What Rejoining the Paris Agreement Means for Climate Change, Sustainability

What Rejoining the Paris Agreement Means for Climate Change, Sustainability

By | January 21, 2021

If you thought climate change and Sustainability weren’t two of the most crucial challenges facing the world, think again.

It’s no surprise that President Joe Biden signed an executive order on his first day in office saying the United States will rejoin the Paris Agreement effective within 30 days. After all, there’s no time to waste. The UN Intergovernmental Panel on Climate Change says that if we can’t prevent the planet from warming by more than 1.5°C (2.7˚F) above pre-industrial levels by 2050, there could be dreadful consequences, including but not limited to more extreme weather events, rising sea levels, food shortages, and plant and animal extinction.

As the New York Times recently reported, 2020 was tied for the hottest year on record. A town in Siberia, Verkhoyansk—which sometimes sees extreme temperatures of –58˚F (-50˚C) in the winter—even saw a record high temperature last summer of 100˚F (38˚C), which is 30 degrees warmer than average.

Aerial view of the Verkhoyansk mountain range

The Paris Agreement was signed in 2015 by 196 countries, and the goal was for nations around the world to work in tandem to help curb additional global warming. The European Union, for instance, pledged to reduce greenhouse gases (GHG) by at least 40% by 2030 compared with 1990 levels and become climate neutral by 2050 while India pledged a 33% to 35% GHG reduction by 2030 compared with 2005 levels. The United States at the time the agreement was signed said it planned to reduce GHG by 26% to 28% by 2025 vs. 2005 levels, but, having withdrawn from the agreement in 2017, that pledge is in serious jeopardy.

When the agreement went into effect in 2016, Patricia Espinosa, the United Nations Framework Convention on Climate Change executive secretary, and Salaheddine Mezouar, the president of the UN’s 22nd Conference of the Parties, wrote an essay explaining the challenges ahead: “This is a moment to celebrate,” they wrote. “It is also a moment to look ahead with sober assessment and renewed will over the task ahead.”

That task ahead is great; there’s no question about it. But it is not impossible.

One only needs to look back at how quickly COVID-19 vaccines came into existence and how fast the world mobilized to combat such a devastating force. There’s clearly a long way to go to end the pandemic once and for all, but the collective effort is on the right track. The same can hold true for climate change, but we must move into high gear when it comes to addressing Sustainability in our personal and business endeavors.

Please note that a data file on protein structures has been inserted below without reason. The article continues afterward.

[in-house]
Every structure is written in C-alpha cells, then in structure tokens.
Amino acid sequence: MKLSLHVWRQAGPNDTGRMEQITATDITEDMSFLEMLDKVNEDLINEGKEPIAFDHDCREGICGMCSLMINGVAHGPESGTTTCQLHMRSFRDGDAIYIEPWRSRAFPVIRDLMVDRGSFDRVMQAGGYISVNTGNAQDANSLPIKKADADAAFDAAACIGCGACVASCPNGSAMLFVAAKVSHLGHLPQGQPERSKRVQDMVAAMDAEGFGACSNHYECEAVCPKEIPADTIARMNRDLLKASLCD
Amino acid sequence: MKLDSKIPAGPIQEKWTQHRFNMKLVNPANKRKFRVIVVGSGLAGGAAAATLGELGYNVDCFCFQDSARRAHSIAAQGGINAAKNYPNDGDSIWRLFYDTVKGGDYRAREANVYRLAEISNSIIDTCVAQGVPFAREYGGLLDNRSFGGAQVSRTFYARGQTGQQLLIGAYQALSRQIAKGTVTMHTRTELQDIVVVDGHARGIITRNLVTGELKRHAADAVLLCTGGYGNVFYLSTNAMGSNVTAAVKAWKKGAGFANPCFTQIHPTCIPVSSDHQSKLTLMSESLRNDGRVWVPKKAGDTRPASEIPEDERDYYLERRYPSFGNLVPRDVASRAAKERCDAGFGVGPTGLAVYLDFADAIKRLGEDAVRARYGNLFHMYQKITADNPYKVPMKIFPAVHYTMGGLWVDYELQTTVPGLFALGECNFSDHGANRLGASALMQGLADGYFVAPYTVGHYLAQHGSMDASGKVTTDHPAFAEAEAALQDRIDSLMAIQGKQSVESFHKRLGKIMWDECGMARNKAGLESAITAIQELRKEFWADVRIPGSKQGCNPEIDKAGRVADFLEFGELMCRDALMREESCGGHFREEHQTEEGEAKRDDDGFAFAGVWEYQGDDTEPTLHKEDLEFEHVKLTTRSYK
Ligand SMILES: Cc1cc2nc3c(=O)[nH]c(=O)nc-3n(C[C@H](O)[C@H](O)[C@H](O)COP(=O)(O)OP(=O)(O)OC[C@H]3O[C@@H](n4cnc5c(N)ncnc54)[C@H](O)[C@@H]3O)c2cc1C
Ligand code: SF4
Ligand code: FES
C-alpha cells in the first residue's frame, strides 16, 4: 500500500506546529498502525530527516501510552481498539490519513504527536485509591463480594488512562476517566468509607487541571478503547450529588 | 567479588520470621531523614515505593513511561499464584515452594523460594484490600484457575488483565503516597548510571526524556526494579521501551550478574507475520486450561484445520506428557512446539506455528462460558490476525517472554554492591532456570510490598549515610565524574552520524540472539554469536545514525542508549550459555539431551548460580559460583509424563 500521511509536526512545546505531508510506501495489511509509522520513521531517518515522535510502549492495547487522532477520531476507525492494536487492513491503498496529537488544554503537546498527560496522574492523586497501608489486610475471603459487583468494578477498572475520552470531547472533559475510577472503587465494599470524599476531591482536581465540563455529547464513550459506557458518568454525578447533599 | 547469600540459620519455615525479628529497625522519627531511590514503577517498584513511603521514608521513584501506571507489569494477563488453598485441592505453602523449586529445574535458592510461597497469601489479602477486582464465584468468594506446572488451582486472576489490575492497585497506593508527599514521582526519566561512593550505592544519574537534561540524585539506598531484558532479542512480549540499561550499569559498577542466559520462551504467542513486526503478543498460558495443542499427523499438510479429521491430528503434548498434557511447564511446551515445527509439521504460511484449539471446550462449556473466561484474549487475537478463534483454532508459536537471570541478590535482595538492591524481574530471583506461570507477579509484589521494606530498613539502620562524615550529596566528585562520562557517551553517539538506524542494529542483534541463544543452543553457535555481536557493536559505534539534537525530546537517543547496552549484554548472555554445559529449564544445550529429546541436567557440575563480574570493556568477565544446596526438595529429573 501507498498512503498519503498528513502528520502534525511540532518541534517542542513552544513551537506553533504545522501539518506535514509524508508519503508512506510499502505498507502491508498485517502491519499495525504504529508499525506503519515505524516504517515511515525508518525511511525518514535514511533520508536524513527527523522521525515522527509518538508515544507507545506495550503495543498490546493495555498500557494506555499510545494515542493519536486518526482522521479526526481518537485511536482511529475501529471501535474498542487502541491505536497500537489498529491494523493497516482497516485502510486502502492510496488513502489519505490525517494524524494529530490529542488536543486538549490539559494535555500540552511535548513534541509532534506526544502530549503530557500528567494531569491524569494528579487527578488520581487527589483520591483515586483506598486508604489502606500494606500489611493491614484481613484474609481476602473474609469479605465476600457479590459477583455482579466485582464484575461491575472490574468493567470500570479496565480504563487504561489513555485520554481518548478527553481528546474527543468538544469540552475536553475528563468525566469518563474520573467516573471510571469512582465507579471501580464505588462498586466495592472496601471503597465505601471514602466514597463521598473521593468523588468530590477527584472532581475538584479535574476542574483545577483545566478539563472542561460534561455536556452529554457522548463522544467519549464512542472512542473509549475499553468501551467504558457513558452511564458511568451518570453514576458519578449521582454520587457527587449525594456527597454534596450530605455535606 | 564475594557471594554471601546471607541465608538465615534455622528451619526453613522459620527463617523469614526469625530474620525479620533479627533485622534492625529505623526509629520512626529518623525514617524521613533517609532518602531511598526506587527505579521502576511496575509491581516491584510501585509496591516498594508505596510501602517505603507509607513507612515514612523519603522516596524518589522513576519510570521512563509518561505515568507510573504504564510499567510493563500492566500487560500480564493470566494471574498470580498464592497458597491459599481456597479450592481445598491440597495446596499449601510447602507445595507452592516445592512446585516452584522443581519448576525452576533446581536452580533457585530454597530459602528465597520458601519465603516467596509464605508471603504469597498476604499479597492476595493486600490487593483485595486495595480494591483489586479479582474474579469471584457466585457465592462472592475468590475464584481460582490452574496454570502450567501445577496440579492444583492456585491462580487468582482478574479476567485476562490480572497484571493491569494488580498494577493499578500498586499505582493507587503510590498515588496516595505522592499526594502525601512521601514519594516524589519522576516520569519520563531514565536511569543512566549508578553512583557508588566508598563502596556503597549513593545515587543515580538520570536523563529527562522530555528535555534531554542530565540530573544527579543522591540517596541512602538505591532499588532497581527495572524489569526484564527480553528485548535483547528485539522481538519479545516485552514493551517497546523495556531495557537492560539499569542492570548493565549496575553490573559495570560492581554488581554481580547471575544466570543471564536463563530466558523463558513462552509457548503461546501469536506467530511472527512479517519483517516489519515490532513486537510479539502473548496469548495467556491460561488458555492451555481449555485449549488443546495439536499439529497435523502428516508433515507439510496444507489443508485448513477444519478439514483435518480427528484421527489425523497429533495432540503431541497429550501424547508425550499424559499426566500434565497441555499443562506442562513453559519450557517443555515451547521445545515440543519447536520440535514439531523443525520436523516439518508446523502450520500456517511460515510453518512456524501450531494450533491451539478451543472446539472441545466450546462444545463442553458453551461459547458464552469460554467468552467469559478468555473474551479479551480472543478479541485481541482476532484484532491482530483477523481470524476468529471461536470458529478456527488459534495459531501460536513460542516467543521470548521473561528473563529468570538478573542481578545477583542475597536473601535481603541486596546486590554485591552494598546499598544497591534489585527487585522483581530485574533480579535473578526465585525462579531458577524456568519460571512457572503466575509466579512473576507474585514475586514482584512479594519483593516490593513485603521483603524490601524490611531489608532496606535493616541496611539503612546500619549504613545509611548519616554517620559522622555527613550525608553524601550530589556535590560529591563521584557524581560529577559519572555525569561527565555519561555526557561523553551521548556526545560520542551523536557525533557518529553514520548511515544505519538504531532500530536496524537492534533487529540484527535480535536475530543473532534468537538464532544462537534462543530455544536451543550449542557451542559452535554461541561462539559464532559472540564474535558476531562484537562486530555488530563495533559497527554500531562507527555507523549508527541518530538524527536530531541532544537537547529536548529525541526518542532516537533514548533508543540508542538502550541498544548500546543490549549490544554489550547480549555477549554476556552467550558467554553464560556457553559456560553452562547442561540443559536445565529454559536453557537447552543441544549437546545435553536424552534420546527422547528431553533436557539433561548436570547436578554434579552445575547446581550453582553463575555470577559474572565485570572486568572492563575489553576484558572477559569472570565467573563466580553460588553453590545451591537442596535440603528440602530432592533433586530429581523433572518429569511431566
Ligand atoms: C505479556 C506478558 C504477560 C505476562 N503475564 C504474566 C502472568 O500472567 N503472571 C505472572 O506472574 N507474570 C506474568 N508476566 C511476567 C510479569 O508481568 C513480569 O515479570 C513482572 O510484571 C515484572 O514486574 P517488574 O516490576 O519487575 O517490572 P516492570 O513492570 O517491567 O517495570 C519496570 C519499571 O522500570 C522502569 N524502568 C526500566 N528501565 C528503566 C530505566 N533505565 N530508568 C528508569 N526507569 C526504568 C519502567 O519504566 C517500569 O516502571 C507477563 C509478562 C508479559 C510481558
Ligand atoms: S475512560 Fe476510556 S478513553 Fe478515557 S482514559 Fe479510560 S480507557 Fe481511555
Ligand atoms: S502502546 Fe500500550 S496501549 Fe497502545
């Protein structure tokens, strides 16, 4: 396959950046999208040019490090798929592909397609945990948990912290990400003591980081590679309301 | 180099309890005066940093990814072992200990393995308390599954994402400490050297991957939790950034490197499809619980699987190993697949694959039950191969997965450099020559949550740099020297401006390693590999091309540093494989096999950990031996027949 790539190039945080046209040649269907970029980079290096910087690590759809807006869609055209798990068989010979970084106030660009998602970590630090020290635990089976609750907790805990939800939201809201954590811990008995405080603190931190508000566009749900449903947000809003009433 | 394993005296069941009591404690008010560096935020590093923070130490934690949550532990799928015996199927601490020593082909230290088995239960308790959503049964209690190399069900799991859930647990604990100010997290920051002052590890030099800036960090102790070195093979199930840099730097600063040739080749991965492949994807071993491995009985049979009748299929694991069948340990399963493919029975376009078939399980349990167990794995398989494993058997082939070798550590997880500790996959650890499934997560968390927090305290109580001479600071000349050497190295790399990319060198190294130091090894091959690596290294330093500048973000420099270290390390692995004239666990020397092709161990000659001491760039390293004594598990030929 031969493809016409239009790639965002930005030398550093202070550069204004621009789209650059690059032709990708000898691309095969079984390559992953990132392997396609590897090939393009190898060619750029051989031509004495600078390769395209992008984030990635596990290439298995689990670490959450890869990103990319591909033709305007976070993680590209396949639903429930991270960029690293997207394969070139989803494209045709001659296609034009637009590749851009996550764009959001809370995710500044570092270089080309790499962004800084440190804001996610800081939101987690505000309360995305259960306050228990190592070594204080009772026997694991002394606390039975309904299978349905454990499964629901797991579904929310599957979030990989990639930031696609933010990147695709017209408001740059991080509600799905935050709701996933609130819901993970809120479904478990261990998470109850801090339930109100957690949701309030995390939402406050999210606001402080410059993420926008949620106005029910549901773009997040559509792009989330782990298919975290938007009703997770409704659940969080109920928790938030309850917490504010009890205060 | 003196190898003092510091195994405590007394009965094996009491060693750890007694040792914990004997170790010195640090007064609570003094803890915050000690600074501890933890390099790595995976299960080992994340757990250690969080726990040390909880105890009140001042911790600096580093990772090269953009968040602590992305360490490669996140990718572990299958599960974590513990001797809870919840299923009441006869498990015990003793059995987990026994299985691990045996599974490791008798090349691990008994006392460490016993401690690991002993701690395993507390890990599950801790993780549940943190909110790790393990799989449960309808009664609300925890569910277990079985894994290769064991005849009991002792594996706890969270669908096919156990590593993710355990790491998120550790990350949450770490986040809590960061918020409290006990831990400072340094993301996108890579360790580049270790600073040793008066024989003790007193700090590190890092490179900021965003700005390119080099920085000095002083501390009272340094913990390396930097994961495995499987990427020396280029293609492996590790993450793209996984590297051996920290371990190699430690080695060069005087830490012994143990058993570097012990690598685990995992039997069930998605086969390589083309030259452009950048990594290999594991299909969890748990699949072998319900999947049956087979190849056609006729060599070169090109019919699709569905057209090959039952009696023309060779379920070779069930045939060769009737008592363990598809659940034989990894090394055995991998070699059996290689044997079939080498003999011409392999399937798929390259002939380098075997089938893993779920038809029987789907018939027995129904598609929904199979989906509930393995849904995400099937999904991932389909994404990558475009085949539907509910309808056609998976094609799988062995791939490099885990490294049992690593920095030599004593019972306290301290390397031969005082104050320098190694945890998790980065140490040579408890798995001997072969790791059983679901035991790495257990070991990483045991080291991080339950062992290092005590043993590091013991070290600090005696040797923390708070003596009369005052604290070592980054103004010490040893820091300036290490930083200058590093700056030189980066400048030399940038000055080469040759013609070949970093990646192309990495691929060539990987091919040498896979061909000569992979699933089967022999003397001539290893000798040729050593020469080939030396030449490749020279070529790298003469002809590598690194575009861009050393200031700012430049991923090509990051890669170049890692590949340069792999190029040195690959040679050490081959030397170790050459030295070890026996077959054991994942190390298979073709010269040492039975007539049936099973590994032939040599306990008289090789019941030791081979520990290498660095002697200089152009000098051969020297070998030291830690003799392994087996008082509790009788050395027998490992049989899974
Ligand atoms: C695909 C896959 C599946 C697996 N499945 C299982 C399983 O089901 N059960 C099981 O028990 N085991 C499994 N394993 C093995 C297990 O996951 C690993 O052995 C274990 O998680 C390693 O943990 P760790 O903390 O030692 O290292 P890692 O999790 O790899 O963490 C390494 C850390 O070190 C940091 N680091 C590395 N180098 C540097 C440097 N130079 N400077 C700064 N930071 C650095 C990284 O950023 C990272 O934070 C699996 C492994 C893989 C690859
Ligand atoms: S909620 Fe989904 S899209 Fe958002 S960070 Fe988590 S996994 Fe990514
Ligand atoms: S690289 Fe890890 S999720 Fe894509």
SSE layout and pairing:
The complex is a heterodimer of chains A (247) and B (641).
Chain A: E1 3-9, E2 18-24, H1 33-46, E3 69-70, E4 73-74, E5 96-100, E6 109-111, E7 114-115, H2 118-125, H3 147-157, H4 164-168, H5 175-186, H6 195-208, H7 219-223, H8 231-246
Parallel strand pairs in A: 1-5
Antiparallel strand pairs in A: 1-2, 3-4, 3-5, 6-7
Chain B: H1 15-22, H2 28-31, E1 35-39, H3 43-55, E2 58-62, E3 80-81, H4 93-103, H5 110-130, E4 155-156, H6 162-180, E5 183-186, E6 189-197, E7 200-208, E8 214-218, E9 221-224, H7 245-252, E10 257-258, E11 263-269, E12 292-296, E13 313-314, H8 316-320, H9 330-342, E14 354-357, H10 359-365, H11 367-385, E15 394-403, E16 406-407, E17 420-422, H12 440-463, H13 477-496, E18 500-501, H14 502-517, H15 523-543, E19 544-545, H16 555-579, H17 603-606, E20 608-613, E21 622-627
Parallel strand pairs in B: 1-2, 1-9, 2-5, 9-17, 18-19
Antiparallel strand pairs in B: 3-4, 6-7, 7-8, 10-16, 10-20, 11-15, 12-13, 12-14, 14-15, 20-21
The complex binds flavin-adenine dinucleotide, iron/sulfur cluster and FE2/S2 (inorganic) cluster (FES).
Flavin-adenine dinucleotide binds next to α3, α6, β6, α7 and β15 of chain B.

As Espinosa and Mezouar wrote in their essay, we need to see unprecedented reductions in GHG emissions in a short period of time, so the clock is ticking. OK, so how do we get there?


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At the time the agreement was signed six years ago, the Paris Agreement talked about the importance of enhancing “finance, technology and capacity-building support” to enable more action on climate change before 2020.

It’s now 2021 and the United States still produces the second-most CO2 emissions in the world after China. Without financial infusion and inroads toward innovation, the United States has lost years of valuable time trying to stem the tide of global warming, so the Biden administration must move swiftly.

Businesses still need to do their part and likely go beyond what is just required to help achieve the lofty Paris Agreement goals.

The fact that the United States is back in the Paris Agreement and working with almost all the nations to combat climate change is a step in the right direction. Still, while countries can pledge to tackle climate change and, of course, force compliance through regulation, it will take industry to help drive results toward Sustainability. Businesses need to do their part and likely go beyond what is just required to help achieve the lofty Paris Agreement goals.

Some areas the administration can focus on are renewable energy; creating the infrastructure to facilitate the emerging battery electric and hydrogen vehicle industry; reducing water waste; addressing the energy it takes to grow, process, package and ship food; rethinking packaging and recycling in general; and working with industry to help create a safer, more sustainable and productive world for all.

One way of doing this is by taking the Net Zero emissions pledge. Many Oil & Gas companies have already said they will do their part in reducing emissions by 2050. Then there are global companies like Amazon that have said they will be using 100% renewable energy by 2025 and fast-food giant McDonald’s, which unveiled its first net zero energy restaurant in Walt Disney World last year.

Just like with how scientists were able to tap into COVID-19 data to expediate change, digitalization can help companies manage and analyze immense amounts of emissions data to make smarter decisions.  Additionally, reporting environmental disclosures to the CDP (formerly the Carbon Disclosure Project) can help organizations discover and address Sustainability risks and concerns that need to be addressed.

We can no longer rely on the status quo if we want to make the world a better place for us and future generations, so a renewed commitment to the Paris Agreement is a welcome sight. If we’re looking for a blueprint on what needs to be done, look no further than the instructions Rick Blaine (Humphrey Bogart) gave Ilsa Lund (Ingrid Bergman) in “Casablanca”: “We’ll always have Paris.”


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